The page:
Last week, U.S. House Science, Space, and Technology Committee unanimously approved the National Institute of Standards and Technology Reauthorization Act of 2018. The bill includes a provision directing $11 million to undertake the standards development work recommended in the report from a NIST/ACMA sponsored workshop addressing barriers to increased adoption of composites in infrastructure.

During the workshop, attendees developed a preliminary roadmap with three proposed solutions to those barriers.  If carried out, they could lead to the adoption of composites that are more reliable, durable and cost-effective than current infrastructure material options. The proposals included:

  1. Improved Durability Testing: The development of a five-year program to establish reliable design tools based on new durability standards. The tools would be available to all stakeholders through an online data portal.
  2. Design Data Clearinghouse: A way to gather, curate and disseminate design data to engineers.
  3. Education and Training: The need to create a constant stream of education and training materials for universities and industrial schools that have composite training and certification programs.

The topic was the focus of a House hearing earlier this year, during which representatives from ACMA members Creative Pultrusions and West Virginia University testified that Congress should efforts to develop codes and standards that allow designers and engineers to build confidently with composite materials. During the hearing, Joannie Chin, deputy director of the engineering laboratory at NIST, mentioned that NIST’s Materials Genome Initiative (MGI) has helped the composites industry capture and share information about material properties.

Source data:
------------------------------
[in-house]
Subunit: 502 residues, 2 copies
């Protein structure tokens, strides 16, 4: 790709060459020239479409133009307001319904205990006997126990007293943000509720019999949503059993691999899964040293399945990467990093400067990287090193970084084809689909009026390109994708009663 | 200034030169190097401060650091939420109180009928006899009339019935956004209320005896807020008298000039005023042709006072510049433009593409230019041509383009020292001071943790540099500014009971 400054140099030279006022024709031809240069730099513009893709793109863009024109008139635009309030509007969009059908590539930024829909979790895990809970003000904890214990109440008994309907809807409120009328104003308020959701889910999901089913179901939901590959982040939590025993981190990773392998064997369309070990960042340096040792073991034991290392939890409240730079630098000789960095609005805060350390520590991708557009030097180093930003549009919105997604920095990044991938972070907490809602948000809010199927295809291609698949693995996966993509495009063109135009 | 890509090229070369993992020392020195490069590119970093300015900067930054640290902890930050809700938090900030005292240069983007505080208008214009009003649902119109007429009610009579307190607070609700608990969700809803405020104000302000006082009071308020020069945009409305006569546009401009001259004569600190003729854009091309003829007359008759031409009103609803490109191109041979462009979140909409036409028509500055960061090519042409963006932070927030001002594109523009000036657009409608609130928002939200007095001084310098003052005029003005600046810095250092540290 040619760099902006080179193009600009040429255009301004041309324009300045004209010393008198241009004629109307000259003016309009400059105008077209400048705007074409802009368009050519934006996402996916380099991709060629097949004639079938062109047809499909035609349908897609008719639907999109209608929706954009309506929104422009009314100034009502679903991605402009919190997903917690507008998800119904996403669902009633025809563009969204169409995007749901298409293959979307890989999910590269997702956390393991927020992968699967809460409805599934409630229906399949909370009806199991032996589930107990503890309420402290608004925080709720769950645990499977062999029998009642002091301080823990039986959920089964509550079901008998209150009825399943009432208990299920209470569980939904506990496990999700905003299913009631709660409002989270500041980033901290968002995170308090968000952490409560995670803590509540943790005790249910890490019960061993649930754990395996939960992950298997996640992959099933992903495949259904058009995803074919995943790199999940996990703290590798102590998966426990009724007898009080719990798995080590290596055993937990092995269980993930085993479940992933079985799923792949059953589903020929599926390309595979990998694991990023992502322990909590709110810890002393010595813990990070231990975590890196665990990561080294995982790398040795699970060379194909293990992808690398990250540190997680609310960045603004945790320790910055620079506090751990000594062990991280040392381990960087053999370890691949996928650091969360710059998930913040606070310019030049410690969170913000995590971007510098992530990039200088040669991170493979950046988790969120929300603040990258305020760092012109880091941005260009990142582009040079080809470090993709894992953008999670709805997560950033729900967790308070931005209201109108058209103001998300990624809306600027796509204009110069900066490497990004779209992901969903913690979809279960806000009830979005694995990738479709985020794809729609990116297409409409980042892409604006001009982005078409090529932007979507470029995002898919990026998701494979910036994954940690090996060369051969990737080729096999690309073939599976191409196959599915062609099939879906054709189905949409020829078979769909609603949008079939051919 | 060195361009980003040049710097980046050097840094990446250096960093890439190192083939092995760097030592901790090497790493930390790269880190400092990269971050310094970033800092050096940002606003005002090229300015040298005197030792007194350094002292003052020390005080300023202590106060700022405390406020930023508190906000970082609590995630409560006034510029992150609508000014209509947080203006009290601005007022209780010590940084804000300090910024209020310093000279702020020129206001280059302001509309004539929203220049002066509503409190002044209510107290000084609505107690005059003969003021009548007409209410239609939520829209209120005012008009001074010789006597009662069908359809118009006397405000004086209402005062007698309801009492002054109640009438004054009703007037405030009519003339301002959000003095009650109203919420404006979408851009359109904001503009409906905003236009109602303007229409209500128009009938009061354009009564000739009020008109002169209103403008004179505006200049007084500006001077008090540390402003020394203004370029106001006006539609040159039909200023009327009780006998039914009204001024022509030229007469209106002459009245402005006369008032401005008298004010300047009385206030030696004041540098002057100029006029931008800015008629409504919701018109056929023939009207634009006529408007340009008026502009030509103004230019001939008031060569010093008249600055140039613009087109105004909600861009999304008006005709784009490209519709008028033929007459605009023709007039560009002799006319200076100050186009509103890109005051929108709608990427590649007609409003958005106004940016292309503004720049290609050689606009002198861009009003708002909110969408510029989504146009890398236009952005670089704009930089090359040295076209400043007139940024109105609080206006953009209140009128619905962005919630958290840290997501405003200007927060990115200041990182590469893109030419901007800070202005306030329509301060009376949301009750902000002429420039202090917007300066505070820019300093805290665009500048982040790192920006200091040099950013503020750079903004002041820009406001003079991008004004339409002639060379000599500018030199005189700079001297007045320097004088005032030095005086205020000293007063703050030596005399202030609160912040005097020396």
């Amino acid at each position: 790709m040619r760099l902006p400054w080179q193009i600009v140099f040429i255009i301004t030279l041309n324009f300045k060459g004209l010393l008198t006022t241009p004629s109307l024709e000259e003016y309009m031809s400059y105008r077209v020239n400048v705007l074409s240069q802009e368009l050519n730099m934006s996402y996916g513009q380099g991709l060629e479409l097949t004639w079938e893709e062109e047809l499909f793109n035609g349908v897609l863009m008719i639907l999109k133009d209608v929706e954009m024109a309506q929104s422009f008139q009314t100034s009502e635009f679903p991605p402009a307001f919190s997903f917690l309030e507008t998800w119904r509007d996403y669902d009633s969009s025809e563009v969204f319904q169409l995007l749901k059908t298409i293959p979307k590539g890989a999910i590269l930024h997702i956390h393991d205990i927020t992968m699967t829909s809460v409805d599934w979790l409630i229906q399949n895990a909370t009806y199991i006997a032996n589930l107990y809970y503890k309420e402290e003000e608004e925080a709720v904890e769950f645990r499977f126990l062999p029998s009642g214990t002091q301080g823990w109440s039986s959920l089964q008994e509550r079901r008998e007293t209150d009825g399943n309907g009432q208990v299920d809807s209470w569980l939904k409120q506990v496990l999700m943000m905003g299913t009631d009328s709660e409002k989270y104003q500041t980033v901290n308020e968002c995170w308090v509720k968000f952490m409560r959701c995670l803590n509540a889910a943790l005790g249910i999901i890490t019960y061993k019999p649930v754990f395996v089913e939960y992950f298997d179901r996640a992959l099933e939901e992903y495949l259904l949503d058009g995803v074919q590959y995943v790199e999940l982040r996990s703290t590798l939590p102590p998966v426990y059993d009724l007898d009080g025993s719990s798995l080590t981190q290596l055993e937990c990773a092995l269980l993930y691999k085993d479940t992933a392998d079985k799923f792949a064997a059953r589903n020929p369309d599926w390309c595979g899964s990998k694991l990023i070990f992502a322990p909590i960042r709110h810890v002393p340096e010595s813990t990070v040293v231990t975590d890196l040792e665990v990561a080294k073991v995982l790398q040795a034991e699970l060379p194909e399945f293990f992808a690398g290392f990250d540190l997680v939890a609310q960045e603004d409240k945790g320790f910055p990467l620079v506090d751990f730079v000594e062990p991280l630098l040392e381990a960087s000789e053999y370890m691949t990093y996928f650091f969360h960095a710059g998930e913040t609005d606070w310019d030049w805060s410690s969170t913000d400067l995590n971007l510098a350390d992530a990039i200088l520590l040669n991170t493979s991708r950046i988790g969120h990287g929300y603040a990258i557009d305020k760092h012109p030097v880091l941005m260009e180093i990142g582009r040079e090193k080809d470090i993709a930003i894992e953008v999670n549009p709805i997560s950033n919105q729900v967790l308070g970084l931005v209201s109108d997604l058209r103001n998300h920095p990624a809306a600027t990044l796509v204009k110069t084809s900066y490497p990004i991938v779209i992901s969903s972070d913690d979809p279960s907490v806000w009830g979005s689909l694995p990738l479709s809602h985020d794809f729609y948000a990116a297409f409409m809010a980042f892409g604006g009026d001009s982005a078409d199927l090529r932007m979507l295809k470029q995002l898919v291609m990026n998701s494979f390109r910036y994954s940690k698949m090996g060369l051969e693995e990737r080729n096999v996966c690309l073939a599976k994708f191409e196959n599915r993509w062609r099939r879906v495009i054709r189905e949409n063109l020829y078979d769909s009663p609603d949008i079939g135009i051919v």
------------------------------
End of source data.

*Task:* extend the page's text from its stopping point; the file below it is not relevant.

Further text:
Recently, MGI and research firm RTI International released a report that estimated that the development of a national “Materials Innovation Infrastructure” could present an economic benefit of between $123 billion and $270 billion per year. It reached that conclusion after gaining insight during in-depth interviews with more than 120 industry experts across a wide range of material competencies, including FRP composites.

One of the problems, according to James Warren, the director of the Materials Genome Program at NIST, is that because polymer chemistry is inherently complicated, and the field of polymer composite research is much newer than research for traditional materials, failure rates in late R&D stages are considerably high and can be extremely costly.

“Key to preventing costly failures at this stage is to be able to predict them and then go forward with expensive physical testing only when computational models predict a high likelihood of success,” the report says. “For some materials classes, like metal alloys, good process models are available and commonly used. In others, like polymer composites or biomaterials, such models are less well developed.”